Dentons Bingham Greenebaum LLP
Notre Dame Law School, 1998
Why did you decide to enter the legal profession?
I am the first generation in my family to go to college. My dad worked in foundry maintenance and later owned a small business. I learned early in my life that working with my hands is not my skill set. My skill set — reading, writing, communications — could help people like my dad and other small business owners. That’s what sent me to college and law school. It was my motivation throughout law school and in entering private practice. Over the past nearly 25 years, I have loved helping business owners with problems or matters that are outside their skill set but are within mine.
If you hadn’t pursued a legal career, what would you be doing?
I love to travel, so I would want to be a travel writer and share my experiences and tips with others on the places I’ve visited.
Who is someone who has inspired you in your career?
I have been very fortunate to have had influential people in my life at every step of my career. Matt Barrett, a law school professor, shaped my focus for my practice. Bill Welch and Mike Eckerle were mentors early in my career. As I developed as a leader in my practice and firm, Toby McClamroch became an unbelievable mentor. And throughout all these times in my life, my strongest guide and supporter has been my wife, Heather.
What’s the best advice you’ve ever received?
Outstanding legal work is the expectation. It’s client service and communication that sets you apart.
What makes a good lawyer/judge?
The ability to truly understand the client’s opportunity or problem, not from the perspective of a lawyer but from the perspective of the client.
How do you spend your free time?
My favorite thing to do is to travel with my family. I also like to play board games with my wife, take my dogs on walks while listening to audio books and go to dinner with friends.
If you were an animal, what would you be?
Baxter, the dog from “Anchorman.” He ate an entire wheel of cheese!
Which superpower would you rather have: invisibility or the ability to read minds?
The ability to read minds. To understand other people’s perspectives is one of the greatest superpowers we can have.
Tell us about your work designing/executing Project Golden Spike.
I am really proud to have been a part of Project Golden Spike from the beginning. I was in one of the very first Golden Spike design meetings that took place in Indianapolis with Joe Andrew, global chairman of Dentons, and Toby McClamroch, who at the time was managing partner of Bingham Greenebaum Doll and is now the managing partner of the Dentons US Region. That meeting set off two years of intense discussions and planning with Dentons, with our founding firm colleagues from Pittsburgh, Dentons Cohen & Grigsby, and with all of our firm partners. My role included traveling and participating in meetings, presenting the latest information to our board, then talking to all our partners about the project.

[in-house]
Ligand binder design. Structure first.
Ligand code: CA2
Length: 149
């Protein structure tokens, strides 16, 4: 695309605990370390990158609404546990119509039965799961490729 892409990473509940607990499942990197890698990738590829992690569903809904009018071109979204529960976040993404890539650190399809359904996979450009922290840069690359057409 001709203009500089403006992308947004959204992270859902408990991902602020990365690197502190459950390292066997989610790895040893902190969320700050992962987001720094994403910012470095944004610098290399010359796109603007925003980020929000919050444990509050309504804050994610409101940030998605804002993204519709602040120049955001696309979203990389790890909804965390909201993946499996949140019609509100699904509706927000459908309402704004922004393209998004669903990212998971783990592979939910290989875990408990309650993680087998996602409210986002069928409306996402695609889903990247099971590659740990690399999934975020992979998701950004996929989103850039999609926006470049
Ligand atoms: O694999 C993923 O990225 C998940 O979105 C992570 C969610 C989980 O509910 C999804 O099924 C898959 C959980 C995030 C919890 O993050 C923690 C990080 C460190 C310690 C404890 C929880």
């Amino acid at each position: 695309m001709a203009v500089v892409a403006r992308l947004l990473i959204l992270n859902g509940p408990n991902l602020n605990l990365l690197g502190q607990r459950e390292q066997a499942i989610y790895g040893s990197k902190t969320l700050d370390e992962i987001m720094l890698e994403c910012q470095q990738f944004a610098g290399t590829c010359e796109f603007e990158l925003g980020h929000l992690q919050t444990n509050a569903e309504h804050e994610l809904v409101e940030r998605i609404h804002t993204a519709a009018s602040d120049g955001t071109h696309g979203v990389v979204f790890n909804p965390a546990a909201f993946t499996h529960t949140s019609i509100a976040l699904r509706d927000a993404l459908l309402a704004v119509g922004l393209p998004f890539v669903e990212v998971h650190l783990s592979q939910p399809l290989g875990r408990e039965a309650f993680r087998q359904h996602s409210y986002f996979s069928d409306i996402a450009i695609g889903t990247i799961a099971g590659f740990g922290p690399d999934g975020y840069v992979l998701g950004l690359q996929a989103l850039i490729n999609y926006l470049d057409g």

We worked really hard to make Project Golden Spike successful, and so far it has genuinely exceeded our expectations.
What was it like leading a law firm during a pandemic?
Initially, it was moving into the great unknown. I very clearly remember thinking, “Can we pick up our whole firm and move to remote work and survive for two weeks?” Thanks to the hard work from our administrative team and the resilience by all on our legal team, we discovered we could serve our clients seamlessly on a remote basis. We found the challenge for us with remote work was not client service but in keeping consistent communications and the strong connectivity of our culture. Like many businesses, we are working on ideas and finding opportunities to strengthen our culture in 2022 and beyond.
We also found that adapting to the challenges of the pandemic advanced our “office of the future” mentality by five or 10 years, leading us forward much more quickly than had the pandemic not occurred.•